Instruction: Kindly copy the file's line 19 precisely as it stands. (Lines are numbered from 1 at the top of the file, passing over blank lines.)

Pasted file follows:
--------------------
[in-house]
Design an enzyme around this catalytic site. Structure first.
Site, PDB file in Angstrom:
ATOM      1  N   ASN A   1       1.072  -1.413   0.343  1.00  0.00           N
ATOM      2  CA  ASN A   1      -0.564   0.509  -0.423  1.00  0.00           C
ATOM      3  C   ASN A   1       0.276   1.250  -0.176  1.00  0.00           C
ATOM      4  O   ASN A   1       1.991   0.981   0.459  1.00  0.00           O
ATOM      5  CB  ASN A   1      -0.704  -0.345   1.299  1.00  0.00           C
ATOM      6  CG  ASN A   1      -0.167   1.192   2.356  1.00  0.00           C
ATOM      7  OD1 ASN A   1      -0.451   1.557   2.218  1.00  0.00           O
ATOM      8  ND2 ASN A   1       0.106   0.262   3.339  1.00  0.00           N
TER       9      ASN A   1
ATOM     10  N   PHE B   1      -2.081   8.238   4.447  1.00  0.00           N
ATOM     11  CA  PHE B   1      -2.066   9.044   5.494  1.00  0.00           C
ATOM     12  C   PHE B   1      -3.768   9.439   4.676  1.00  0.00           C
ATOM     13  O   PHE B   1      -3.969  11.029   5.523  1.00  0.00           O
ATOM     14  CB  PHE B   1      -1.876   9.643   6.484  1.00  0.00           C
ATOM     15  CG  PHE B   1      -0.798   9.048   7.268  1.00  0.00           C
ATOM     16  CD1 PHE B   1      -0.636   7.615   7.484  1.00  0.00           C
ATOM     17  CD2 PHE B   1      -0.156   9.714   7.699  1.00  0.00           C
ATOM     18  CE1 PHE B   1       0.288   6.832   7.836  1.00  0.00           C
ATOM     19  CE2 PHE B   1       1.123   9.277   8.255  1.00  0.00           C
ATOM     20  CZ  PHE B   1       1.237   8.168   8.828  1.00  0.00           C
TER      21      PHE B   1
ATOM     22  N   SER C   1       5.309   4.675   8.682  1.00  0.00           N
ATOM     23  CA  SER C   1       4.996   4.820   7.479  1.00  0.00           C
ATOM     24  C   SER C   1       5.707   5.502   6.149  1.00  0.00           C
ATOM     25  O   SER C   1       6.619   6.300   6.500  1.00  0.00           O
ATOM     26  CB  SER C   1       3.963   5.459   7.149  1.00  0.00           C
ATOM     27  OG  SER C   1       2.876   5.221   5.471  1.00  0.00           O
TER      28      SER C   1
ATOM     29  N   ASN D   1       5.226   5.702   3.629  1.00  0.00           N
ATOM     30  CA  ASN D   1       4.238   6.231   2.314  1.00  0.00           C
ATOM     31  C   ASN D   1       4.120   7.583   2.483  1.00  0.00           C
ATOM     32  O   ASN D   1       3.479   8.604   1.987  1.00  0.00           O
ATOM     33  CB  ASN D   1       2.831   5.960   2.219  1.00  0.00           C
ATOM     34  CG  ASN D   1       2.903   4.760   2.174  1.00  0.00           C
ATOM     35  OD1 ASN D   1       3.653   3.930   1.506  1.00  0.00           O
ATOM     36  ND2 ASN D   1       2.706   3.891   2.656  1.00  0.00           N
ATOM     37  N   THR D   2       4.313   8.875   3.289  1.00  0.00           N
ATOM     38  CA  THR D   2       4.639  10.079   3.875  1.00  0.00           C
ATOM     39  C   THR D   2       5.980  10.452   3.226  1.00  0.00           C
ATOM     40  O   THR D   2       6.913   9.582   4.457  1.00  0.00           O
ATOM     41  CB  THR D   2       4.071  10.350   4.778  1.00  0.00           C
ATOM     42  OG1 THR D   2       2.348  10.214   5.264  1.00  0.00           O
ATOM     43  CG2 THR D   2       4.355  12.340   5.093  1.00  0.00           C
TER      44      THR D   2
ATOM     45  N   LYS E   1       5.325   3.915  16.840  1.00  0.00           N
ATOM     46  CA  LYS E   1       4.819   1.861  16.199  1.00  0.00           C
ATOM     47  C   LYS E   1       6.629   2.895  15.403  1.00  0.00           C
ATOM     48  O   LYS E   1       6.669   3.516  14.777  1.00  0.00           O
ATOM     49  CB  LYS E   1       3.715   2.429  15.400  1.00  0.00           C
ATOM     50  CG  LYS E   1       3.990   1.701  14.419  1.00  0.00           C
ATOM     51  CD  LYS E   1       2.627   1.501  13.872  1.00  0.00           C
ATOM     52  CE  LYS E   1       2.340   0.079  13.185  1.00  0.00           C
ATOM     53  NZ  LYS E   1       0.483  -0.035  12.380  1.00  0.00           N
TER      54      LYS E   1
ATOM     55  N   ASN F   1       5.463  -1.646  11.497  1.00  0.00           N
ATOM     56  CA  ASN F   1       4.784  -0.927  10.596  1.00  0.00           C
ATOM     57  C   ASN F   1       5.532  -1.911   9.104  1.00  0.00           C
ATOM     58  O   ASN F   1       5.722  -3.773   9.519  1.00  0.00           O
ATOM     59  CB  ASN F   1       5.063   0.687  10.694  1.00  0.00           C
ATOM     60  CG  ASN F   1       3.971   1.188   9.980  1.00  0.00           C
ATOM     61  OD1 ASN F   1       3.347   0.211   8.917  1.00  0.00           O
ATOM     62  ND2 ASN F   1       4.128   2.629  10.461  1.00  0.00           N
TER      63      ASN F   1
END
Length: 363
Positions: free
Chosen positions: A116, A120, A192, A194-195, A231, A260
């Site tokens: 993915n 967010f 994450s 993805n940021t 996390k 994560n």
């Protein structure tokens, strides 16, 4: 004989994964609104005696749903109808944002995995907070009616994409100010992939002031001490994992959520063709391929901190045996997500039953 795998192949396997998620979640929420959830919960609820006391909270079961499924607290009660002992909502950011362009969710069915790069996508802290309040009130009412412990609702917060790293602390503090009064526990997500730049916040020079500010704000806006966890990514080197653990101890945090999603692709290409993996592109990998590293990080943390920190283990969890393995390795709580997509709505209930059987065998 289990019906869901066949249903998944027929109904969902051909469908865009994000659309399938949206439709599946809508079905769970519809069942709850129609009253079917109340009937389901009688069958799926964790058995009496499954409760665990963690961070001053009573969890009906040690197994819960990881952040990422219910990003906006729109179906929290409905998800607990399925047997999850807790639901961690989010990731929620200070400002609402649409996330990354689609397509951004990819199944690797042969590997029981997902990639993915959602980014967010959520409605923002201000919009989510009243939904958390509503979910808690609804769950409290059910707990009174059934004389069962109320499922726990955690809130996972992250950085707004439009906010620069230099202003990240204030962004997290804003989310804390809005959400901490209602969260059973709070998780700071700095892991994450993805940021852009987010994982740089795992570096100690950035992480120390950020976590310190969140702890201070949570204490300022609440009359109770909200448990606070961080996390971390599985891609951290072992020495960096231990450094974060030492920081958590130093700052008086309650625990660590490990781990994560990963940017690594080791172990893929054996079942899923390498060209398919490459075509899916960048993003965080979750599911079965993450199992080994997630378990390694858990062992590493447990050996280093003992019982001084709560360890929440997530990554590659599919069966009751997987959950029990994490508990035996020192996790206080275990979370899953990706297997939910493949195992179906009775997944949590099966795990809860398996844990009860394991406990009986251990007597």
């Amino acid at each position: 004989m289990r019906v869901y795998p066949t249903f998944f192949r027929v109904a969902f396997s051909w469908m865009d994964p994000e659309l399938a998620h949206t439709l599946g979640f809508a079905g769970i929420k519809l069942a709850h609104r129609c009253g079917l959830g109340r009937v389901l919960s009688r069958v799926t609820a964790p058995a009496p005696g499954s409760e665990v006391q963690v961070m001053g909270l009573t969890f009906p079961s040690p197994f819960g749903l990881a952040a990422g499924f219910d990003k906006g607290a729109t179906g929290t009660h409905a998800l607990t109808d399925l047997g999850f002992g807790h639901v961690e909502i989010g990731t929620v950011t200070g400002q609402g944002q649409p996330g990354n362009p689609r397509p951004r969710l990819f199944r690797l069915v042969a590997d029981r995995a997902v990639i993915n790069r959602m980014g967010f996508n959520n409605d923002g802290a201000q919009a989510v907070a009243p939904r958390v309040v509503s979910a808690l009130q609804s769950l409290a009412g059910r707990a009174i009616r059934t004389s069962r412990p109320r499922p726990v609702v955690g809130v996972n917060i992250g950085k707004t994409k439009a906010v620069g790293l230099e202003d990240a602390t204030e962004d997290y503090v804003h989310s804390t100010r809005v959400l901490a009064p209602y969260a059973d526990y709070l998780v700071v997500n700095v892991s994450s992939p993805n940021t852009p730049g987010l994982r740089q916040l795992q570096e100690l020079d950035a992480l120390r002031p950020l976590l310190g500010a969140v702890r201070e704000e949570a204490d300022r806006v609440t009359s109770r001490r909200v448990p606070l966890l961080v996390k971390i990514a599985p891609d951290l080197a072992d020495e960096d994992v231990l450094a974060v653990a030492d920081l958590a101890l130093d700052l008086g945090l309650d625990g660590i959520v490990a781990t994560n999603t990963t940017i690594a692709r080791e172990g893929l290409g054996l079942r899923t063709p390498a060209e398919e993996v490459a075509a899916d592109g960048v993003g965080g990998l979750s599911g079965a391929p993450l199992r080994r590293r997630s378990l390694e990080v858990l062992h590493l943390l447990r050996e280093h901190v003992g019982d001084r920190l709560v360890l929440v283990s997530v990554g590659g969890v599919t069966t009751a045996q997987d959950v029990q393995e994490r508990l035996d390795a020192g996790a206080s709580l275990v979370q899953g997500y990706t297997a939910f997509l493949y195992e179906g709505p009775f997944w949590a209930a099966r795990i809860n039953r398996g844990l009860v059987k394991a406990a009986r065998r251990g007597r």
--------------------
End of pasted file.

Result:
ATOM     16  CD1 PHE B   1      -0.636   7.615   7.484  1.00  0.00           C